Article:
Marrakesh is a study in contrasts – and be warned, it’s intoxicating. On the one hand your senses are assaulted by the tempo, noise levels, smells, and vibrant colours. And yet, there are places of total serenity; calm and quiet.
Having been described in 1971 by Beat Generation era composer and author, Paul Bowles, as the ‘most successful example of French town planning in Morocco’, whichever way you enter the city, it welcomes you with wide tree-lined avenues...mostly of oranges trees. These lead you to the new city which the French built alongside the old medina (walled city).
Traffic is fast and furious in the new city and this continues into the medina where the narrow laneways and low arches soon no longer permit vehicles. But they are replaced by mule-drawn carts, push bikes and seemingly thousands of small motorcycles – all revving and beeping to let you know they are coming.
To add to the medina’s cacophony, there’s nearly always music – modern; blaring from a speaker, or traditional; percussion, lute or voices singing. And then one of the five daily calls to prayer at the mosque will ring out over it all. Not to mention the noise that is simply part of an enclosed area teeming with people.
The colours are also marvellous in the souks, or shopping areas of the medina. The beautiful fabrics and potteries come in vibrant colours and are set off against handmade basins, platters and sinks of copper, right next to lines of mirrors.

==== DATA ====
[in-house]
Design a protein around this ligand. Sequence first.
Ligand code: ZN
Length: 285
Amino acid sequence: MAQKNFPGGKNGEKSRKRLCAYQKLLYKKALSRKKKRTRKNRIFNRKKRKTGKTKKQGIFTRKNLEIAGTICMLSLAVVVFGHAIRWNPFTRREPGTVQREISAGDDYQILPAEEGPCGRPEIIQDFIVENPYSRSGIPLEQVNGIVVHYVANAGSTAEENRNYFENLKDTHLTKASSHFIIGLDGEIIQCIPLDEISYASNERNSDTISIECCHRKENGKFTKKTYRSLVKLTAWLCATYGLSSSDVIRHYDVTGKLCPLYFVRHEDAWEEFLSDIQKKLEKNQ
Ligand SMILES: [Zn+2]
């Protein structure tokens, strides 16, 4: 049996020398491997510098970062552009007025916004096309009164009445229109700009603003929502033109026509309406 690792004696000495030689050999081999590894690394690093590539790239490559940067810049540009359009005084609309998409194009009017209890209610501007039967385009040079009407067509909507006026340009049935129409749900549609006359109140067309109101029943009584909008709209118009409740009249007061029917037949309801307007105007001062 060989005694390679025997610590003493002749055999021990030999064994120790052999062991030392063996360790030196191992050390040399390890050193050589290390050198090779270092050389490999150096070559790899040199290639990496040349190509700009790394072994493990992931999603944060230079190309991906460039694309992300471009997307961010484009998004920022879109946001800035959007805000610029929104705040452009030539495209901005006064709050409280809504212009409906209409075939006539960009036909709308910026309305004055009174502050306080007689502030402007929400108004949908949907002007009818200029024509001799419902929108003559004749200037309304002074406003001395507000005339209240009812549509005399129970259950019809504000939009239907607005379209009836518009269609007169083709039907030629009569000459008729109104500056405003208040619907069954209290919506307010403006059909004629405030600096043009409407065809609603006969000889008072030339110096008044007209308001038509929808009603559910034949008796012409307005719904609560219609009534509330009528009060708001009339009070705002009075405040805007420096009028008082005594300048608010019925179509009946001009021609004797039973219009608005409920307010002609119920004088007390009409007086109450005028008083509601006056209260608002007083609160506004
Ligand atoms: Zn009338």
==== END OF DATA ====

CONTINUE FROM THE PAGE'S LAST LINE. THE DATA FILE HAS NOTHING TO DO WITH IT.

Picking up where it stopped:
The smells are of food, but not only cooked food – rows of spices, fresh coriander and parsley. Add to that the burning of incense and the smoke from food-cooking fires and you have a pungent mix.
This combination of stimulus to your eyes, ears and nose, and being pursued by stall vendors, does eventually take its toll and tourist guide books warn of ‘medina rage’ (think road rage).
When that time comes you can head off to one of the city’s many gardens. Jardin Majorelle is particularly serene. Created by artist, Jacques Majorelle from 1924 onwards, this unique garden showcases his collection of plants from five continents. It has further interest as in 1980 it was purchased by Yves St Laurent.
There is a memorial to the fashion designer in the garden and there are also many other gardens to explore.
Or you can head back to your accommodation. If it’s a riad in the medina, surprisingly once inside, you can no longer hear, see or smell the medina, even though you are still in it.
The riads, designed around a central courtyard, are a real oasis. Some have fountains, some have gardens, others have plunge pools in the courtyard. Rooms radiate out from the courtyard on multiple floors. Once you enter the riad’s doors, it’s suddenly as if you never experienced all the noise and hustle and bustle of the medina souks at all.
After putting your feet up for a while, you start thinking of heading back out there to do it all again.
And in the evening you can do it all and more! Djemaa el Fna is Marrakesh’s famous square which really comes alive at night. During the day it features orange juice sellers and a few other stalls and entertainers.
At night it’s alive with acrobats, snake charmers, musicians and row upon row of outdoor eateries offering everything from snails and soups to three course meals. If you found the medina busy in the day, the evening in the square can be quite a surreal experience.
The square was declared a Unesco Masterpiece of World Heritage in 2001.
Further reading: Finding the perfect Moroccan medina >>
This post was contributed by Birgit Schonafinger